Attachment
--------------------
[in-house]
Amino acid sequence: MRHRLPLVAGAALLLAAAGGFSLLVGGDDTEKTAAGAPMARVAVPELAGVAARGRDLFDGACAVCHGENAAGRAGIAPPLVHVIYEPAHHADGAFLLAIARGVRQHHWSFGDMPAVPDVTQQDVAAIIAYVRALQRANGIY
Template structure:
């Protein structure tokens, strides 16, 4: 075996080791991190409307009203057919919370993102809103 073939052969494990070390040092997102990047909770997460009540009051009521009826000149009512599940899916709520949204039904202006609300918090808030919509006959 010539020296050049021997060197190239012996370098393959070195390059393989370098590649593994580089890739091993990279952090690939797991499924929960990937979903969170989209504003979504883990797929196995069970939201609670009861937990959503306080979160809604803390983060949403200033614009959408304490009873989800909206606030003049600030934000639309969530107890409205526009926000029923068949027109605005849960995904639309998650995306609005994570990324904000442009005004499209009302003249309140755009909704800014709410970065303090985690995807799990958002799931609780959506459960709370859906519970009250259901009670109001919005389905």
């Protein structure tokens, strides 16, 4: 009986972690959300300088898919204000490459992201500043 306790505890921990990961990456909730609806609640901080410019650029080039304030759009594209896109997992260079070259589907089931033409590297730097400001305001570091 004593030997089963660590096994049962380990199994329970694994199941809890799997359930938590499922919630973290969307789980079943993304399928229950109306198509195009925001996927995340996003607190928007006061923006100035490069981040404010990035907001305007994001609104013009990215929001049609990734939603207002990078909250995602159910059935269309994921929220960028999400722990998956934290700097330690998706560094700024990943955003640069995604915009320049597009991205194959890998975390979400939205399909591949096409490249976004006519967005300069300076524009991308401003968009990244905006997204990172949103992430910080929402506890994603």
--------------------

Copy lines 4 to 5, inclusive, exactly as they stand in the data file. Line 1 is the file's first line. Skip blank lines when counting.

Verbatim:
């Protein structure tokens, strides 16, 4: 075996080791991190409307009203057919919370993102809103 073939052969494990070390040092997102990047909770997460009540009051009521009826000149009512599940899916709520949204039904202006609300918090808030919509006959 010539020296050049021997060197190239012996370098393959070195390059393989370098590649593994580089890739091993990279952090690939797991499924929960990937979903969170989209504003979504883990797929196995069970939201609670009861937990959503306080979160809604803390983060949403200033614009959408304490009873989800909206606030003049600030934000639309969530107890409205526009926000029923068949027109605005849960995904639309998650995306609005994570990324904000442009005004499209009302003249309140755009909704800014709410970065303090985690995807799990958002799931609780959506459960709370859906519970009250259901009670109001919005389905």
């Protein structure tokens, strides 16, 4: 009986972690959300300088898919204000490459992201500043 306790505890921990990961990456909730609806609640901080410019650029080039304030759009594209896109997992260079070259589907089931033409590297730097400001305001570091 004593030997089963660590096994049962380990199994329970694994199941809890799997359930938590499922919630973290969307789980079943993304399928229950109306198509195009925001996927995340996003607190928007006061923006100035490069981040404010990035907001305007994001609104013009990215929001049609990734939603207002990078909250995602159910059935269309994921929220960028999400722990998956934290700097330690998706560094700024990943955003640069995604915009320049597009991205194959890998975390979400939205399909591949096409490249976004006519967005300069300076524009991308401003968009990244905006997204990172949103992430910080929402506890994603």